Lidiia, 85, was shuffling through the Lviv train station in western Ukraine as a wave of commuters rushed by. Bent almost double from a spinal disorder, her eyes were fixed on the ground as she tried to keep up with her son a few steps ahead.
But his mind, he said, was on the town he had fled from and the daughter he was unable to save when a Russian bombardment destroyed their home.
Before the war broke out, Lidiia lived peacefully in the farming village of Dovhenke, near Izium, with her 61-year-old daughter, Iryna, who was paralyzed, and her two grandchildren. Three weeks ago, the Russians started bombing the village: the school, the shops and the people’s houses.
Lidiia and her son spoke on the condition that their last names not be used for fear of Russian retaliation.
At approximately 1:30 in the morning of March 26, Lidiia had gotten out of bed, frozen, to put more wood in the iron stove. Her daughter was asleep. They were alone. Her son, Volodya, 62, was taking refuge at a friend’s house. One of his grandchildren had been injured in a bombing the day before and was in hospital. His brother was with him.
Then explosions sounded and the house began to shake. The roof collapsed on Iryna.
“The roof fell in and everything collapsed on top of her,” Lidiia said. “She was screaming, ‘Mom, save me’!”
There was not electricity. Lidiia tried to make her way through the darkness to her daughter’s bed, but she tripped and fell.
“I got up and then I fell, I got up and I fell, and then I crawled towards her,” he said. “She was like, ‘Hurry up, hurry up, I’m suffocating,’” Lidiia said, wiping her eyes with the hem of the mauve skirt she wore over her flannel pajama bottoms.
The only light in the room came from the stars, visible through the hole in the ceiling, Lidiia said. She recalled painfully trying to move fallen wooden beams and chunks of clay off of her daughter. “She kept saying, ‘Quick, quick,’” Lidiia said. “I told him, ‘I can’t do it fast. I don’t have the strength.’”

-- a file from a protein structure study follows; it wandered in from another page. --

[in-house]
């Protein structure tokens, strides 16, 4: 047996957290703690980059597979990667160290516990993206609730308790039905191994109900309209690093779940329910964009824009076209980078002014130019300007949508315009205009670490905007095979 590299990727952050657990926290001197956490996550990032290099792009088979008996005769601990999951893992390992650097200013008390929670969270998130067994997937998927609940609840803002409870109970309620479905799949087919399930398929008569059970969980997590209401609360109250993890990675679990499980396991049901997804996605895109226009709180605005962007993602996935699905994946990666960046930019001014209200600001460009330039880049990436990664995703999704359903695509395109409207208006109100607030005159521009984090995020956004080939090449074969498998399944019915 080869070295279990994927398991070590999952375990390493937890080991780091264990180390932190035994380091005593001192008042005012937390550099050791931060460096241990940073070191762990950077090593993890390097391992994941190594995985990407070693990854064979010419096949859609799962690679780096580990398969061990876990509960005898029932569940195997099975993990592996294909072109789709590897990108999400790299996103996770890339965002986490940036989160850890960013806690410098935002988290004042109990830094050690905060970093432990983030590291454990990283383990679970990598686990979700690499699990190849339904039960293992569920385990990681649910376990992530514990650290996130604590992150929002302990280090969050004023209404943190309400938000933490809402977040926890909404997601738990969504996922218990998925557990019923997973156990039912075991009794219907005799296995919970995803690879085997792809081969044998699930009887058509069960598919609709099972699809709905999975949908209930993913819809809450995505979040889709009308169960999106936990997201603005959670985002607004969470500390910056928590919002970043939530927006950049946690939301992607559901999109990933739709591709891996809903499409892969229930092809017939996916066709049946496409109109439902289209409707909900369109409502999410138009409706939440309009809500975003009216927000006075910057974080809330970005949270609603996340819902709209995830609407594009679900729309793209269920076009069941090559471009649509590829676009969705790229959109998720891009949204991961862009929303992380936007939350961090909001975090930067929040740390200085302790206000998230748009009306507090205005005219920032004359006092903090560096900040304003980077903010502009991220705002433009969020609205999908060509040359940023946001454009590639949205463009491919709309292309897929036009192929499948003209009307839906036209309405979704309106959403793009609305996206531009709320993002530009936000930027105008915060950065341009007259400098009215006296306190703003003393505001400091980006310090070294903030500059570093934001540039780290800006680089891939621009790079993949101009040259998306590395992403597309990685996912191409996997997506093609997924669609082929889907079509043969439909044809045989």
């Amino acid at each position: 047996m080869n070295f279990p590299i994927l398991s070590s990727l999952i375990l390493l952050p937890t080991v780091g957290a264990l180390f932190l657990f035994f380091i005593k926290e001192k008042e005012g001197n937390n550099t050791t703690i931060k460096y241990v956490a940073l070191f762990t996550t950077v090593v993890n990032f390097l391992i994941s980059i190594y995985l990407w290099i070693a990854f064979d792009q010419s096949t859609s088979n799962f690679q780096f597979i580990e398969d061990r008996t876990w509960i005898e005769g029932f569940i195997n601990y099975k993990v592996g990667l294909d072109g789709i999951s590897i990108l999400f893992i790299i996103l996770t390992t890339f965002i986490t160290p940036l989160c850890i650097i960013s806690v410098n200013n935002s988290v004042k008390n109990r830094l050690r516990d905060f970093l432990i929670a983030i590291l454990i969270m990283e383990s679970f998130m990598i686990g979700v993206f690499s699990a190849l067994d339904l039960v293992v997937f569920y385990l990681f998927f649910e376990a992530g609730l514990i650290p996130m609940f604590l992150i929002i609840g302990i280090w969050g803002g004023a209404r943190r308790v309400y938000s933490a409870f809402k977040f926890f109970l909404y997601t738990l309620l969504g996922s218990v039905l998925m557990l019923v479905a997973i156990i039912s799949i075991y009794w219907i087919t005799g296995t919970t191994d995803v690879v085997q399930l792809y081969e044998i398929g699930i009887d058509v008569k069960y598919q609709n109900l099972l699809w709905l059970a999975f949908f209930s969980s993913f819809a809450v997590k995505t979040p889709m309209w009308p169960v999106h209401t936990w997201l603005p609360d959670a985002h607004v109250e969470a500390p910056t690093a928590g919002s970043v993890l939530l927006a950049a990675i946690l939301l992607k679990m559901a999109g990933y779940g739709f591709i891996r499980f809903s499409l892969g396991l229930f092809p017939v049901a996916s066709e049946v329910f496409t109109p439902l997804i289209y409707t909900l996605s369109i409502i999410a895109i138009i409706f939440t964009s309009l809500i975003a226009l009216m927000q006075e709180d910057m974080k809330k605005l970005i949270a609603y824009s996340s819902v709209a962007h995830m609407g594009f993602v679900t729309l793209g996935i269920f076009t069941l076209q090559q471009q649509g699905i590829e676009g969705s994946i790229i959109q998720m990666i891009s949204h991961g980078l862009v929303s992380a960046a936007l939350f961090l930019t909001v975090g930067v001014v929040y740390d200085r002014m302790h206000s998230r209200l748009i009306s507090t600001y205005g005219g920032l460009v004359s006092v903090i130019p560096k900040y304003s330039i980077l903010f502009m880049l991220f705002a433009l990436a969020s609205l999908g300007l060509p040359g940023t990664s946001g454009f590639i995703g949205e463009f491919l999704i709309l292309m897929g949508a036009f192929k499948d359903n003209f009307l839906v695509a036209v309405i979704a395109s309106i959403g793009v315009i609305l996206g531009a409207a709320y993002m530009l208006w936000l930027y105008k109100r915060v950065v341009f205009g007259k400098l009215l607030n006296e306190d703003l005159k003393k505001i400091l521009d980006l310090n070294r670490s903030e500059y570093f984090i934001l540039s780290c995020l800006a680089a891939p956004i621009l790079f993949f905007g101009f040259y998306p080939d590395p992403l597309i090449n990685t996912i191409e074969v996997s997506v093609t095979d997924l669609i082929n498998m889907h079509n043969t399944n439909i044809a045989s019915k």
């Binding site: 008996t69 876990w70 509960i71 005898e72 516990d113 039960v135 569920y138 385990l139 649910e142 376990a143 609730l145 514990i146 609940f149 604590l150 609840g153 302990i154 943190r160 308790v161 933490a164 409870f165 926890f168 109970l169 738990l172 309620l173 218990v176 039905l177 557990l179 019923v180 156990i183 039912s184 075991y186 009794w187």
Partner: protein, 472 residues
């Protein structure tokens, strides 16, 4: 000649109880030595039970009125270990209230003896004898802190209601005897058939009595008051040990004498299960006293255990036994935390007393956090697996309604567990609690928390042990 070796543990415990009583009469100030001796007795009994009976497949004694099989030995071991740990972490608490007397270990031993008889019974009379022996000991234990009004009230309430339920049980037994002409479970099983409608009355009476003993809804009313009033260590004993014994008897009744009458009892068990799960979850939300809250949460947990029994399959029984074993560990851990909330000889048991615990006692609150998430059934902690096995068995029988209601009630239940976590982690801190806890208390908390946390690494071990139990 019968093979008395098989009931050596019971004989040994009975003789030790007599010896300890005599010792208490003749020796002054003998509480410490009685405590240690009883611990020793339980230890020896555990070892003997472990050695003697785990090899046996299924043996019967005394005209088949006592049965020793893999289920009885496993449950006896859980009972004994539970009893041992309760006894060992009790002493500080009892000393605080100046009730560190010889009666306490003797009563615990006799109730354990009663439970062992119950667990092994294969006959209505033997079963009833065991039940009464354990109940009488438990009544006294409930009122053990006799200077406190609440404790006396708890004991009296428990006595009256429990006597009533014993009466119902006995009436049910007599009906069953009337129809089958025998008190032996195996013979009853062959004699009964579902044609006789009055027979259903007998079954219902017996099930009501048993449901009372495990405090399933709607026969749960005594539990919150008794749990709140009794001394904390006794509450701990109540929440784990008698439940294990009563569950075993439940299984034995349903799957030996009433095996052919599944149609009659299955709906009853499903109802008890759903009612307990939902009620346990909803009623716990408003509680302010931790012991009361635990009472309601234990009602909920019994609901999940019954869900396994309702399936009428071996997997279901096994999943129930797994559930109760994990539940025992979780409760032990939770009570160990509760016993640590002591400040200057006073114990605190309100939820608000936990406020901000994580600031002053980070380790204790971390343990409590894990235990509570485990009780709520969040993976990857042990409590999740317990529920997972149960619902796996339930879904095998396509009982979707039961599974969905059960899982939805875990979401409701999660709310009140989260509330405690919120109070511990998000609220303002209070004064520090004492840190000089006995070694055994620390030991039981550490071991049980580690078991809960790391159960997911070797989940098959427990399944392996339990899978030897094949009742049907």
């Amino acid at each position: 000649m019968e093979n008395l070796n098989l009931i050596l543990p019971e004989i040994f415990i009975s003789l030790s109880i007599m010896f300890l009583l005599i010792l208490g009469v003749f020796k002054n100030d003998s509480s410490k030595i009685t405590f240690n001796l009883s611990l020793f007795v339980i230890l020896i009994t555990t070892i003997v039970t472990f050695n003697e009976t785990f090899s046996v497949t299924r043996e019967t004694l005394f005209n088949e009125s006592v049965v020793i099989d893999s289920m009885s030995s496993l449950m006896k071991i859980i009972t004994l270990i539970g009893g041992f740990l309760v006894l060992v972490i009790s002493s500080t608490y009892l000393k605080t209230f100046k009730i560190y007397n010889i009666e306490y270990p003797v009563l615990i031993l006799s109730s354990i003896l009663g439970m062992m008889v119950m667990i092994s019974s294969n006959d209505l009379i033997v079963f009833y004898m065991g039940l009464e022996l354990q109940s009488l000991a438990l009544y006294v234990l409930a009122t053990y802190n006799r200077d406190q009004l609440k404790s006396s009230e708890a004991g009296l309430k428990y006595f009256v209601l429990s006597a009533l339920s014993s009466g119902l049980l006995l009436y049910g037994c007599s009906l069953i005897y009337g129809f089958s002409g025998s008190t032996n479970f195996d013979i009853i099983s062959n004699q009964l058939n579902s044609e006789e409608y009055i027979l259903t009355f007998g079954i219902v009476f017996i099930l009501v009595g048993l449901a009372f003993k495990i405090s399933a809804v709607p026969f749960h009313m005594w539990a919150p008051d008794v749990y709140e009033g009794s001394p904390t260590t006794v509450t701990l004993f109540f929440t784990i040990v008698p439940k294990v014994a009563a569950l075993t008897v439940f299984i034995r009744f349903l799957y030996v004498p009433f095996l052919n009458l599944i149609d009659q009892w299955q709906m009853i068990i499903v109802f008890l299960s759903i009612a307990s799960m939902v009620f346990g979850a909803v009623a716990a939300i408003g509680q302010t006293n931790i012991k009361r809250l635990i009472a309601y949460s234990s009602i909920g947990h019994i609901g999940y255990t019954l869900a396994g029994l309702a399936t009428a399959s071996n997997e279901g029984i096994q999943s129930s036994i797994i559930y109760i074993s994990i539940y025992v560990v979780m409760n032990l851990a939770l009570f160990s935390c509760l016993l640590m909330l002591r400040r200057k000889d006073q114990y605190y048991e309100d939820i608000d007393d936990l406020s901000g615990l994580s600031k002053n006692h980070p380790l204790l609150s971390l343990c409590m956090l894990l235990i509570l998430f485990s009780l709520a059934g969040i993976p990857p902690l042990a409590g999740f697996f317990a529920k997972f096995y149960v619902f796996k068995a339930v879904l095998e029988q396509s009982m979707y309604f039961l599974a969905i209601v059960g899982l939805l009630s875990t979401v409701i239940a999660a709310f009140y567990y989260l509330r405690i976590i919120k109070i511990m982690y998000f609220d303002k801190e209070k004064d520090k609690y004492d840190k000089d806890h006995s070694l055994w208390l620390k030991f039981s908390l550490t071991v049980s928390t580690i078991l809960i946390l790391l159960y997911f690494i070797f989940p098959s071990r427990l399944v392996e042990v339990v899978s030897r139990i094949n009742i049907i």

Lidiia did what she could, removing small pieces of debris that covered her daughter until the sun came up. In the morning a neighbor came, removed the larger pieces of wood and debris, and wrapped Iryna in a blanket. She was still breathing, but her hands and feet were blue. They took her to a relative’s house but with the bombardment there was no way they would attend to her.
“If he lives, he lives,” Lidiia said her doctor told her.
She died the next day.
Slow deaths like Iryna’s have received less attention than other horrors of war: civilians found shot to death with their hands tied in places like Bucha or the bombing of a maternity hospital and a theater in Mariupol.
Lidiia blamed her daughter’s death on her hands, weakened by age and arthritis, and on her twisted spine that did not allow her to stand upright.
“What can I say? My daughter died,” she said, crying softly as she sat next to plastic bags of her belongings. “If it wasn’t for me, she would have survived.”
At the train station in the city of Lviv, the mother and son were on their way to stay with friends in Khmelnytski, central Ukraine.
Volodya, experience honed by years familiar with the conflict between Russian-backed separatists, recounted the types of rockets he said rained down on his village: “They fired mortars and started hitting us with Grads, Smerch, Uragan.”
“My house was demolished, the barn was demolished. My car burned down,” she said. “I had everything and now I have nothing.”